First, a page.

Idaho Springs looks like a quintessential western mining town with attractive architecture and colorful buildings. It’s a lot more than just a stop for gas along I70, as it has been many times for us. I will write more about the town later this week, but the burro race had a starring role in our weekend’s festivities.
Did you know that burro racing is the state sport of Colorado? And it should be. The burro played a big part in western expansion and the discovery of gold and silver in the Rocky Mountains. No one knows exactly when burro racing started, but we do know that it comes from history. It’s the reenactment of a miner, racing with his trusty burro back to the assay’s office to weigh his gold or silver find and stake his claim on the land where he found said gold or silver.
The race course length changes depending on which town is hosting the race, but the granddaddy of all courses is the 29-mile ultra-marathon burro race held in Fairplay at the end of July. Participants run with their burro up Mosquito Pass and back, a 3,000 foot elevation gain. The tagline of the race is Get Your Ass Up the Pass.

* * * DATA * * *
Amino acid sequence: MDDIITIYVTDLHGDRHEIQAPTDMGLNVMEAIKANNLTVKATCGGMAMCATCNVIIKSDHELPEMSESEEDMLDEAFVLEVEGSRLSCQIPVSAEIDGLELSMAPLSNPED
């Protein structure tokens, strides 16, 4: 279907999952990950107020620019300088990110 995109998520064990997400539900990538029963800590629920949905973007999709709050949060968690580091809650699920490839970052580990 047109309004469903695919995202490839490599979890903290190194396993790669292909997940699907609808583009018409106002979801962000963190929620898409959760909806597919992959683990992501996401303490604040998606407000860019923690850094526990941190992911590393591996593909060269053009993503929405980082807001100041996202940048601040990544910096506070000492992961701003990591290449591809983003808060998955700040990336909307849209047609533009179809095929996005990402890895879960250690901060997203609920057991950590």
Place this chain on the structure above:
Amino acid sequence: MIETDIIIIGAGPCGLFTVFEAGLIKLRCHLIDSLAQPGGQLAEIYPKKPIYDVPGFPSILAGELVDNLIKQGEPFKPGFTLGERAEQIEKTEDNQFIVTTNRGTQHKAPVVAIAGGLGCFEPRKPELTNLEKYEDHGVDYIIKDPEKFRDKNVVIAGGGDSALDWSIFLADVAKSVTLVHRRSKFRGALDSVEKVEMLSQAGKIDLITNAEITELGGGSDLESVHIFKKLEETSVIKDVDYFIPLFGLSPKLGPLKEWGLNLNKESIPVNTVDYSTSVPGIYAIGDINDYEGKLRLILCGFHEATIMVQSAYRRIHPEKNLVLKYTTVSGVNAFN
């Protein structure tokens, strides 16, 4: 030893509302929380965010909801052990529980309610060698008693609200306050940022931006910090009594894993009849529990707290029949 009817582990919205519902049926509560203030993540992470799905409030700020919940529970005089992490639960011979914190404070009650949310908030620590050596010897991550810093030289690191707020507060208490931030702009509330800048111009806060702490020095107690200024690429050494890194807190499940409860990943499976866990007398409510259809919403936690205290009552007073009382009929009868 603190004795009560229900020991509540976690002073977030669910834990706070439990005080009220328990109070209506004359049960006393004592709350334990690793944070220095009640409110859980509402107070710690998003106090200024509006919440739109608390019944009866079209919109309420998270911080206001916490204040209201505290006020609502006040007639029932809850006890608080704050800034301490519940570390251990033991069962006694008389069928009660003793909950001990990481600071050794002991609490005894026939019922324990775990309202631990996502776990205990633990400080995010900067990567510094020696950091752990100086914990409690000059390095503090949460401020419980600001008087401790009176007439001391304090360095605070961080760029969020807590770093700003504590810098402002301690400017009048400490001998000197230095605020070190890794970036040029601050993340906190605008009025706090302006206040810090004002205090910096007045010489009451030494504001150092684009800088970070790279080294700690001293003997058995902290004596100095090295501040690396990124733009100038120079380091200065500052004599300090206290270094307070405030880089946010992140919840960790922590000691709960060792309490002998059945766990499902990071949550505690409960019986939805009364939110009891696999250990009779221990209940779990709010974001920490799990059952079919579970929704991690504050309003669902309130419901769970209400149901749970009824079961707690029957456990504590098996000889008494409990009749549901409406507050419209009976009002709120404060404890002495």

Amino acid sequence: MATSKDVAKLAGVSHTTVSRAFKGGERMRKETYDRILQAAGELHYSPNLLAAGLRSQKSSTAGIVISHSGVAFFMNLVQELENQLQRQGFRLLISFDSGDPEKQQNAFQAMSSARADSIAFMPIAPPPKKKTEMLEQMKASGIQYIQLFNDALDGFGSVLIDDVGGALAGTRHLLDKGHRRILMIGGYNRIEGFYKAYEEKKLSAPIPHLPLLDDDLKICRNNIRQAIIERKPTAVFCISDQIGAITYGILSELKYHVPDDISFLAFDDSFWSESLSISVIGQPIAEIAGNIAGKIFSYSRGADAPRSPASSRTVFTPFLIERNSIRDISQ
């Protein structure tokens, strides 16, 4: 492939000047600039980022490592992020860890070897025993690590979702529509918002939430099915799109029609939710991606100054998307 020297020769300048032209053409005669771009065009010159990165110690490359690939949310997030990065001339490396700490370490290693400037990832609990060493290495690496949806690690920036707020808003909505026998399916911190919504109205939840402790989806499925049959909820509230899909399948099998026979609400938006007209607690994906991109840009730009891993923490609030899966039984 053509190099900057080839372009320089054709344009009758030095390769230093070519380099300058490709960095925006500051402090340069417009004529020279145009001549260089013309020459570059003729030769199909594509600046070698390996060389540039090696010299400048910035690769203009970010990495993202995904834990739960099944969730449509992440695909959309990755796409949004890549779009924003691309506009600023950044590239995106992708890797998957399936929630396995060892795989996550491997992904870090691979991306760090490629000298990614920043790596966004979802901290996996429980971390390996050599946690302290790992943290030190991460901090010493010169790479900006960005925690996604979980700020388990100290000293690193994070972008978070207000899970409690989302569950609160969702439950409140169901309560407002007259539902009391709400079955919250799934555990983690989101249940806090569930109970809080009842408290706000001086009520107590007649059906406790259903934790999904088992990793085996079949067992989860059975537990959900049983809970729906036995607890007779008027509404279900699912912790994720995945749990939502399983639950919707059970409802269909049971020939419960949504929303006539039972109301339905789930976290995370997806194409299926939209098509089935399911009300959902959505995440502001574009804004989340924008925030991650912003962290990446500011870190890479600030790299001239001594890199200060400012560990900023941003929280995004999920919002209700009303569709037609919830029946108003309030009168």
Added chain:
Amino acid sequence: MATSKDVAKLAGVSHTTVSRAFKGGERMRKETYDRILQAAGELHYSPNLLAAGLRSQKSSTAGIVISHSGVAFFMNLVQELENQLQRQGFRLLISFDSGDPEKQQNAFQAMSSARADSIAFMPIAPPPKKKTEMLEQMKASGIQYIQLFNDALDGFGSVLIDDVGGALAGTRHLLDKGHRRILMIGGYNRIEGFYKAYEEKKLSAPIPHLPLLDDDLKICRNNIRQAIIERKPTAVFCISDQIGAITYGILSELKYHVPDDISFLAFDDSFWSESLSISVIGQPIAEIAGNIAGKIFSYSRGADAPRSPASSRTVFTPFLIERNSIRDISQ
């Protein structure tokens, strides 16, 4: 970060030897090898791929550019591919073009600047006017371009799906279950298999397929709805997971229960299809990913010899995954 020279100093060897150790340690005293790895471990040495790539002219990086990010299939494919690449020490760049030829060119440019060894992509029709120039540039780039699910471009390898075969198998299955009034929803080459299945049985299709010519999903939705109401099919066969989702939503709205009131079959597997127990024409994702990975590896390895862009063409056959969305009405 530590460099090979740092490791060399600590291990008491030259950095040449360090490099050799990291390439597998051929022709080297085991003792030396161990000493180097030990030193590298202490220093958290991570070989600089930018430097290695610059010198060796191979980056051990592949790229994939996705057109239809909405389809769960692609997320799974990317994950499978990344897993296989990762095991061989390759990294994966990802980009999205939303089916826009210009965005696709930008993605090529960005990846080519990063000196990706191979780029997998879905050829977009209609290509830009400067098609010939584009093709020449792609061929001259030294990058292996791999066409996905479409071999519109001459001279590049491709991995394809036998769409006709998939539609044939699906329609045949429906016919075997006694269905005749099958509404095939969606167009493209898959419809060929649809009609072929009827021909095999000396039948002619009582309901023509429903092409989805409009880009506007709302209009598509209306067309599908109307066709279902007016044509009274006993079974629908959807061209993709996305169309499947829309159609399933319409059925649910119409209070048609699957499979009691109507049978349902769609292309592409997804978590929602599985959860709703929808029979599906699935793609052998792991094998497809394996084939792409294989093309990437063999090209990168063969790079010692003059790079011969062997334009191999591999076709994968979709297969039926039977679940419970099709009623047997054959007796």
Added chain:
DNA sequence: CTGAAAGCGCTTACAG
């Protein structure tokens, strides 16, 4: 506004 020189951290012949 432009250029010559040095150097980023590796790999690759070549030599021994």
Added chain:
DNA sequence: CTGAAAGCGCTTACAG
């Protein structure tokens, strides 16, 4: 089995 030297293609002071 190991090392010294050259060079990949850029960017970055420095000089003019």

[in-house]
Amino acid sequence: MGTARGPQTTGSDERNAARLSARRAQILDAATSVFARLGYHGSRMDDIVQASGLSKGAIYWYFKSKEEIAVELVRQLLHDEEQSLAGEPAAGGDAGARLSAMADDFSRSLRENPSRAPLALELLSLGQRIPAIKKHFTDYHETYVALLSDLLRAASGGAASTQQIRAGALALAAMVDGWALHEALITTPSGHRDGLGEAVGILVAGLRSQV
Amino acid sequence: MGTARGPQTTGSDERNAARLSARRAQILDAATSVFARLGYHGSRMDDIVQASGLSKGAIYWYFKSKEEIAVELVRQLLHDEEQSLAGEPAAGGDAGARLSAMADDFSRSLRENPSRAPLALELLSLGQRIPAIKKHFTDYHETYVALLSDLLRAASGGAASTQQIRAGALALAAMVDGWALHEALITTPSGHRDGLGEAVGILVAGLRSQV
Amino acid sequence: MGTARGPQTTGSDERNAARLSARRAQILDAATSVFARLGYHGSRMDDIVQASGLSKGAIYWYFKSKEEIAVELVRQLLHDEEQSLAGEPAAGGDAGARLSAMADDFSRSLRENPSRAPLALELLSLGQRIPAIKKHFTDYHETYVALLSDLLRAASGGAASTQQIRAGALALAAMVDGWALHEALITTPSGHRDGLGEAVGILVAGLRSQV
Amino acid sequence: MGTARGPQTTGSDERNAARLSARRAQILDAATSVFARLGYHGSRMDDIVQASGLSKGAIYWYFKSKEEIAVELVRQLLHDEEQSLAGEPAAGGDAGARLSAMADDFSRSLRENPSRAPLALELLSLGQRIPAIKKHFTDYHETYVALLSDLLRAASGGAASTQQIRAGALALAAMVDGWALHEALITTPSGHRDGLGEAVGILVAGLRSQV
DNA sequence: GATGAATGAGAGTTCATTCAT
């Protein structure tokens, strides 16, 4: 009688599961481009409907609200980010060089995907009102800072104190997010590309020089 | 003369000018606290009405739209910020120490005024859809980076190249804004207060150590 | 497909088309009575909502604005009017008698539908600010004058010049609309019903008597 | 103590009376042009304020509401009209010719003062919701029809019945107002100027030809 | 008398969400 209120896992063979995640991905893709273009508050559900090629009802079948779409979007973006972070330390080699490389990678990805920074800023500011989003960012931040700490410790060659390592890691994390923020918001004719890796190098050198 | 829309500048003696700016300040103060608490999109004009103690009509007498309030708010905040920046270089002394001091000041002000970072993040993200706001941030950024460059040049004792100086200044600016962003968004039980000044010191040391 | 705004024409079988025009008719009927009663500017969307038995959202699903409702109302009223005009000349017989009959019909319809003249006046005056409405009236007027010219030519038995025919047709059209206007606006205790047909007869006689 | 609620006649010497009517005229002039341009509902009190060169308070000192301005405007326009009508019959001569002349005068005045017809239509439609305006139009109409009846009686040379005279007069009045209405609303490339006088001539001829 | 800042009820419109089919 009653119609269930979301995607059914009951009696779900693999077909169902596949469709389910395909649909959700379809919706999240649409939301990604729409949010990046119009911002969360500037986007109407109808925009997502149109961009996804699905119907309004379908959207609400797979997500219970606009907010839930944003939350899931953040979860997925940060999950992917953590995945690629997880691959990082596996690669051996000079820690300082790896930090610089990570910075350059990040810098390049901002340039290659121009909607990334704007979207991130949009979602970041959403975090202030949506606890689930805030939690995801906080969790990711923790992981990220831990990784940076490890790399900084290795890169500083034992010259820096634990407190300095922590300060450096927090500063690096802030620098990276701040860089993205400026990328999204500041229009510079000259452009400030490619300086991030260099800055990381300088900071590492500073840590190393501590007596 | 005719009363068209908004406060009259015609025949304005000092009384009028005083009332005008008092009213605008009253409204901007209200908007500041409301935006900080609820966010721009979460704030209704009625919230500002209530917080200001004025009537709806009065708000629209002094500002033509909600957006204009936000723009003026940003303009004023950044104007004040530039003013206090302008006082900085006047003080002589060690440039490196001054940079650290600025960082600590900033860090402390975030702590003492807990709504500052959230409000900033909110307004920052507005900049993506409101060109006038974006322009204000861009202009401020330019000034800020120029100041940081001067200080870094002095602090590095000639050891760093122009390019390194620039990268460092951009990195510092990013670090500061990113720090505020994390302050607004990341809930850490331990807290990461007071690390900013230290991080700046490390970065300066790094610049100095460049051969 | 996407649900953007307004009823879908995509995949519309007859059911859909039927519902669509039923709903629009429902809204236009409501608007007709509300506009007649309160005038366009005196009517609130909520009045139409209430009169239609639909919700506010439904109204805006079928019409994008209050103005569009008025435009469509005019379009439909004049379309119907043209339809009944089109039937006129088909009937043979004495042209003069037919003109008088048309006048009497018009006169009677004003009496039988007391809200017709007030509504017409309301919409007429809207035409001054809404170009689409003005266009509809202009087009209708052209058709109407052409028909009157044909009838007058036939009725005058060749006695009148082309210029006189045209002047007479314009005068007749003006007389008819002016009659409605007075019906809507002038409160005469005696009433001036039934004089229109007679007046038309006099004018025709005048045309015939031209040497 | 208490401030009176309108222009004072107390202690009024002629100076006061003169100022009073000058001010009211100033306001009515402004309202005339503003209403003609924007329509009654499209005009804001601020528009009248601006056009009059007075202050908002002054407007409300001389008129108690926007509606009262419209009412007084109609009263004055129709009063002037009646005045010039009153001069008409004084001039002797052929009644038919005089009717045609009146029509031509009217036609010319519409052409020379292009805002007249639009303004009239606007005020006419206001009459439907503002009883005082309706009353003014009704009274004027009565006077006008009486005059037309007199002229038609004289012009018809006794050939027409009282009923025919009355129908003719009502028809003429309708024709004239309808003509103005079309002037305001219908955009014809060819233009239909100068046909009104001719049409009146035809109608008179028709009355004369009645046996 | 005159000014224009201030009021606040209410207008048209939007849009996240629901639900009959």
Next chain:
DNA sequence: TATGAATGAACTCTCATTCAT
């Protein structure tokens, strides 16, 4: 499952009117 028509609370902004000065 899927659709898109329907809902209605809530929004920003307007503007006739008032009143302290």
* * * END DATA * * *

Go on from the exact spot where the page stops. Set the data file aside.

Believe me, there are lots of ass jokes on the weekend of a burro race and lots of asses. And that’s the best part. We walked the short distance from downtown Idaho Springs to the staging area at the high school football field. Everywhere I looked, a furry face was munching on spring grass, an excited racer, rope in hand, following the burro from grassy patch to grassy patch. It honestly looked like the burros were in charge.
That changed, kind of, as the racers marched through the picturesque downtown. We stayed ahead of this gang of rascally burros and serious runners in order to take photos and video. For the most part, the burros obeyed their human, walking through town to City Hall where the race would start.